I love how some of these trees are even named. These monumental trees grow to have fame all of their own and are mourned when they die.

My Sentinal trees are not so far-fetched after all. Reality is stranger than fiction most of the time. The Sentinal trees are tall silver-trunked trees, with a crown of emerald-green, pointy leaves. Each one houses a Lady’s Guard, one of Lady Leyandrii’s Sentinals, who she encased in the tree when she sundered the bloodstone and banished all magic, including herself from the land of Remargaren. Unable to follow the Lady, her guards have slept for three thousand years, or so the legends say.

Find out more in Book One of the Sentinals series, Sentinals Awaken. Now also available as an audiobook via Audible, Apple iBooks and Amazon.


How climate can impact the way your story evolves.

Climate is a hot topic on everyone lips at the moment, from the horrendous floods in Germany to the raging fires in Canada, the climate is not behaving as we expect. Even here in the UK the weather is more changeable than usual, (and you know how much we love talking about the weather!) veering from a scorching hot mini heatwaves to torrential rain from one day to the next. It feels like we have our own monsoon!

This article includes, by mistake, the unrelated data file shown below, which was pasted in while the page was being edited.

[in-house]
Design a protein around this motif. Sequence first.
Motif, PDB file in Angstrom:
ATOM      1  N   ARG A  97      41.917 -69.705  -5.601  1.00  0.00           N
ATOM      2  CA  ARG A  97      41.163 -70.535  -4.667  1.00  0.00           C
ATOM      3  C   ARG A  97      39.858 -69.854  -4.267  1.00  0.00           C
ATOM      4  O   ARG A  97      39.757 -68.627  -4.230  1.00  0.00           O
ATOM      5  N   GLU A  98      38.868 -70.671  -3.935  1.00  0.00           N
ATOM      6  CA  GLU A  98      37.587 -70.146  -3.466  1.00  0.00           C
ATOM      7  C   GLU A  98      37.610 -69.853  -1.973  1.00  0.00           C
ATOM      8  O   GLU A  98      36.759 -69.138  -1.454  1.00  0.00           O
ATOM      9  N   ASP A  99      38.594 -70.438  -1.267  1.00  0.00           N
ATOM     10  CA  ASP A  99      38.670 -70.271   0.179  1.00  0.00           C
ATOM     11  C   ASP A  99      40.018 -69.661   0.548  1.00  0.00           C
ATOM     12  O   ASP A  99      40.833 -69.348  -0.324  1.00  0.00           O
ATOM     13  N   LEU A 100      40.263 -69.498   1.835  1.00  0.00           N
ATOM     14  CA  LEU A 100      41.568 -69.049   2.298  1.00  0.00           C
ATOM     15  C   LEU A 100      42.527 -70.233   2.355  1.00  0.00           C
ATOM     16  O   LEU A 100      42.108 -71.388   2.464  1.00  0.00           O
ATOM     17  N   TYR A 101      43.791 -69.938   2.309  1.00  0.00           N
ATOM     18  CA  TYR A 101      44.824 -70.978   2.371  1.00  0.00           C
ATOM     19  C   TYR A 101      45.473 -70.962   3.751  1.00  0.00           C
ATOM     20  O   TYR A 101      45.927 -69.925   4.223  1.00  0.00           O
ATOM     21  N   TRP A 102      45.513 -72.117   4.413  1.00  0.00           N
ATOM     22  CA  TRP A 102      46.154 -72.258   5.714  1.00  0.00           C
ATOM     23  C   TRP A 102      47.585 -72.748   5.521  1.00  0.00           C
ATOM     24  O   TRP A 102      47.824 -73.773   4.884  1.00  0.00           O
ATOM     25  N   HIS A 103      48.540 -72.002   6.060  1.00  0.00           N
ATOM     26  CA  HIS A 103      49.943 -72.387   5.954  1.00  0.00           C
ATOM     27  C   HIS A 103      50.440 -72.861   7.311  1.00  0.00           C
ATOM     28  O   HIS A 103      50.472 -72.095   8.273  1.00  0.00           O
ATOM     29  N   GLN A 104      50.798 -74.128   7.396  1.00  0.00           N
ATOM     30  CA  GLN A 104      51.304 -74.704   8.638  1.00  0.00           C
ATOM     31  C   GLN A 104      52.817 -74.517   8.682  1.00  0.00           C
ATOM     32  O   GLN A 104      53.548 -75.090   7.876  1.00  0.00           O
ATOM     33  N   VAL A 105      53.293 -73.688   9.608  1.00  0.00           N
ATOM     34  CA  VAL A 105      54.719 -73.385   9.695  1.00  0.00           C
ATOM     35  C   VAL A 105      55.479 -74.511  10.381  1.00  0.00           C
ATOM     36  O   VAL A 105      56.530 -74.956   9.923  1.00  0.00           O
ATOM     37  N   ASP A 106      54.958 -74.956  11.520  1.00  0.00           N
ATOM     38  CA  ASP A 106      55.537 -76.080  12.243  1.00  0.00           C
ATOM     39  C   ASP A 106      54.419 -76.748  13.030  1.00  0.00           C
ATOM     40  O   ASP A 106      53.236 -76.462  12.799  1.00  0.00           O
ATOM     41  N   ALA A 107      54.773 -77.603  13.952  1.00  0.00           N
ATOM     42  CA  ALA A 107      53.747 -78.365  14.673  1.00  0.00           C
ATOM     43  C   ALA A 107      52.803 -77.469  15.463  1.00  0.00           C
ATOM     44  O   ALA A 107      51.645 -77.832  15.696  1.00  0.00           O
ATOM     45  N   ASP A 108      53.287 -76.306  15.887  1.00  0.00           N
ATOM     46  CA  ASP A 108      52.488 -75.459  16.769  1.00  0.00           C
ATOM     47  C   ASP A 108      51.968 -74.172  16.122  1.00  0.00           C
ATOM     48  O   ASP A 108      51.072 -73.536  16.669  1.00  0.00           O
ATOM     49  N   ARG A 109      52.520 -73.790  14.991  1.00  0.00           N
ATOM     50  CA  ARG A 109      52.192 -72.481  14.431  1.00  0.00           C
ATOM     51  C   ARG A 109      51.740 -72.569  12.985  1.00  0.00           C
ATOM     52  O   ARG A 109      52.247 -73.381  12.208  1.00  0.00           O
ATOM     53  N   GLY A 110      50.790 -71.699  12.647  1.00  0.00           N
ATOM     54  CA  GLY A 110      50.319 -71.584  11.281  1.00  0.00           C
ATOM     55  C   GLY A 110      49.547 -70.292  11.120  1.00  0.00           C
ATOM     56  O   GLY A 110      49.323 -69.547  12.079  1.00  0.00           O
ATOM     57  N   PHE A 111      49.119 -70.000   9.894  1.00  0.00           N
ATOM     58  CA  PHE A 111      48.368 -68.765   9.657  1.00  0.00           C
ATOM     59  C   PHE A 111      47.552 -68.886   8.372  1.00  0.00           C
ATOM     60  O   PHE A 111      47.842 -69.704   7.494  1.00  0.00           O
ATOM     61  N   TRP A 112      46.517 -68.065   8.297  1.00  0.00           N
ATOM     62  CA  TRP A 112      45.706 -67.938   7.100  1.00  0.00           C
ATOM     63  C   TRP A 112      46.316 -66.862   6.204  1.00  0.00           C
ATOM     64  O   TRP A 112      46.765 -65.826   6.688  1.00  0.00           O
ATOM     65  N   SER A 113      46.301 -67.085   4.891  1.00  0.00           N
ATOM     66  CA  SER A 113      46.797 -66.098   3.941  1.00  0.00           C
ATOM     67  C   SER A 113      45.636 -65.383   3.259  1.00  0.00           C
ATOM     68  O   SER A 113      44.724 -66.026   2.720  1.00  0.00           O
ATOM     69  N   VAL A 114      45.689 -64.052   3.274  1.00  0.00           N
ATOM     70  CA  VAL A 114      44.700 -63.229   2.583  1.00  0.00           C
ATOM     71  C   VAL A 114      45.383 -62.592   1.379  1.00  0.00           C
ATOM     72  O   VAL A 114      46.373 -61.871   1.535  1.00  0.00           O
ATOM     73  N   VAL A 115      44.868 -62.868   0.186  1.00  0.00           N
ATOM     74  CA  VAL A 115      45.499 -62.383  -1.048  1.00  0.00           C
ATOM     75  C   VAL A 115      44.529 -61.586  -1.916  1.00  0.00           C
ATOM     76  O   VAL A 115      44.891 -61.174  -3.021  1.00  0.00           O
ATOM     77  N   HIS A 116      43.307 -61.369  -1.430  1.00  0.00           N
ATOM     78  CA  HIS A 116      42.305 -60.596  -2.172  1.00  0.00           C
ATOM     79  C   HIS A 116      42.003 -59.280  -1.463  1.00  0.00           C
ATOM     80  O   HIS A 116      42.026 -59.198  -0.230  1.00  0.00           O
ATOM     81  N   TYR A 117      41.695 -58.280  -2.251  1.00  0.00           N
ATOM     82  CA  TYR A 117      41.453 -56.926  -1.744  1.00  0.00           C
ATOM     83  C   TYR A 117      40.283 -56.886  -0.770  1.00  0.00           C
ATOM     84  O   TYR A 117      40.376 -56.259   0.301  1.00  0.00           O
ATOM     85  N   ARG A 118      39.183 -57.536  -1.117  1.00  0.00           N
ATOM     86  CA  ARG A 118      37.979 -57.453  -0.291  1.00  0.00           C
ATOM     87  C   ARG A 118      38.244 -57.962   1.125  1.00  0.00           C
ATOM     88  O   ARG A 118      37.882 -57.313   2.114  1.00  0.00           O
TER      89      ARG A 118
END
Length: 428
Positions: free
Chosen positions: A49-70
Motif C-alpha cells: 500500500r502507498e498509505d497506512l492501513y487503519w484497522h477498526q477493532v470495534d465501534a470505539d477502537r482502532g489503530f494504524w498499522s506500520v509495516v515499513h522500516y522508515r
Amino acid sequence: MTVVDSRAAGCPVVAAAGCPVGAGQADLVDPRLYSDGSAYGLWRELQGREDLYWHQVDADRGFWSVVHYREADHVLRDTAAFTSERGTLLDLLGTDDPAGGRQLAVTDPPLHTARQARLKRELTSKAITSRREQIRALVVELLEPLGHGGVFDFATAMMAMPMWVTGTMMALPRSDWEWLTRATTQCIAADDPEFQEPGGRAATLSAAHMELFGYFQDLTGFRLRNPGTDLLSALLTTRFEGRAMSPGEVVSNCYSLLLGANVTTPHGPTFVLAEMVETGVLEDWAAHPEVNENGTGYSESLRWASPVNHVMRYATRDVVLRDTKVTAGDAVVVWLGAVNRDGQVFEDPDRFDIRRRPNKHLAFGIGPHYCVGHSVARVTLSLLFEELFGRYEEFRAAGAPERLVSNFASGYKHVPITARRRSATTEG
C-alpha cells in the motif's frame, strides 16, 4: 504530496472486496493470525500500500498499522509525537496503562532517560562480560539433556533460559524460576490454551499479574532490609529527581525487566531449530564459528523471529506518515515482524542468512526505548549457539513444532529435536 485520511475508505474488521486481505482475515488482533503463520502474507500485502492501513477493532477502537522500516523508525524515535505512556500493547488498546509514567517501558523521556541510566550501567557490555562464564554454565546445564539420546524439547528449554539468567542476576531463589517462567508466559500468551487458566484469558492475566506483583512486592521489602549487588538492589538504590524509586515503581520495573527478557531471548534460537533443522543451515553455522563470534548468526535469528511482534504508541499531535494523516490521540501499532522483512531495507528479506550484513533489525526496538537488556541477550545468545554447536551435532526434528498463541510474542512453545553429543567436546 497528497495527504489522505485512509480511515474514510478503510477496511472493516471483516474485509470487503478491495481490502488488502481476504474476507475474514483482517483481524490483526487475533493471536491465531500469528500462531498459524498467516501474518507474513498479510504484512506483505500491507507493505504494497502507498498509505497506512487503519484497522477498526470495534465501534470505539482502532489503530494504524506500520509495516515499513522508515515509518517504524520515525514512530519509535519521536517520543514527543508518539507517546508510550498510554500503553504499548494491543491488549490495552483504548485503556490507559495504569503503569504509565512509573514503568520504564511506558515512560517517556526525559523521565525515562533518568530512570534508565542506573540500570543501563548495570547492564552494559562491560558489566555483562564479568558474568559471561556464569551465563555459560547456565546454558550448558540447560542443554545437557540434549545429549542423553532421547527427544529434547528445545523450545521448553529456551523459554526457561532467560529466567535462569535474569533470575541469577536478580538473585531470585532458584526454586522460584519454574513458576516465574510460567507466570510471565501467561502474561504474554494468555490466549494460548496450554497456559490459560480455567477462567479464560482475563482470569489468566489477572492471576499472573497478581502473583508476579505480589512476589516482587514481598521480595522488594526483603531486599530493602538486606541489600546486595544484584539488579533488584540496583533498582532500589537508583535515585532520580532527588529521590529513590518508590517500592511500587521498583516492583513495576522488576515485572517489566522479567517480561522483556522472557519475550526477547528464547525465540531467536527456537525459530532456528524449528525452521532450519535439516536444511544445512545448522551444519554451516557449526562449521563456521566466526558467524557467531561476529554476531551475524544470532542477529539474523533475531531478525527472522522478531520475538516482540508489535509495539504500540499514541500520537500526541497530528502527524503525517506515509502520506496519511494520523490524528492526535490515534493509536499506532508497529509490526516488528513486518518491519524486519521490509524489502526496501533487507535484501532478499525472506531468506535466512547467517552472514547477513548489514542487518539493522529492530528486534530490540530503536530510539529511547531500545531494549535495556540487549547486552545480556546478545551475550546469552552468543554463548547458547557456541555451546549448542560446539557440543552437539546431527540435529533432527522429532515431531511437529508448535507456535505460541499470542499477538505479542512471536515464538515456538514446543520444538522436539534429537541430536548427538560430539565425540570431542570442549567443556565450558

We all react differently to the weather and the changing seasons. We even had favourite seasons – when they used to be distinct and reliable.

When world building, the expectation is that the world will behave predictably dependent on how you set it up, how many suns or moons do you have? How does the planet rotate? How much water covers the surface? The pull and push on your world should follow scientific expectations, and if not then you need to have a good reason for it that you can explain to the reader.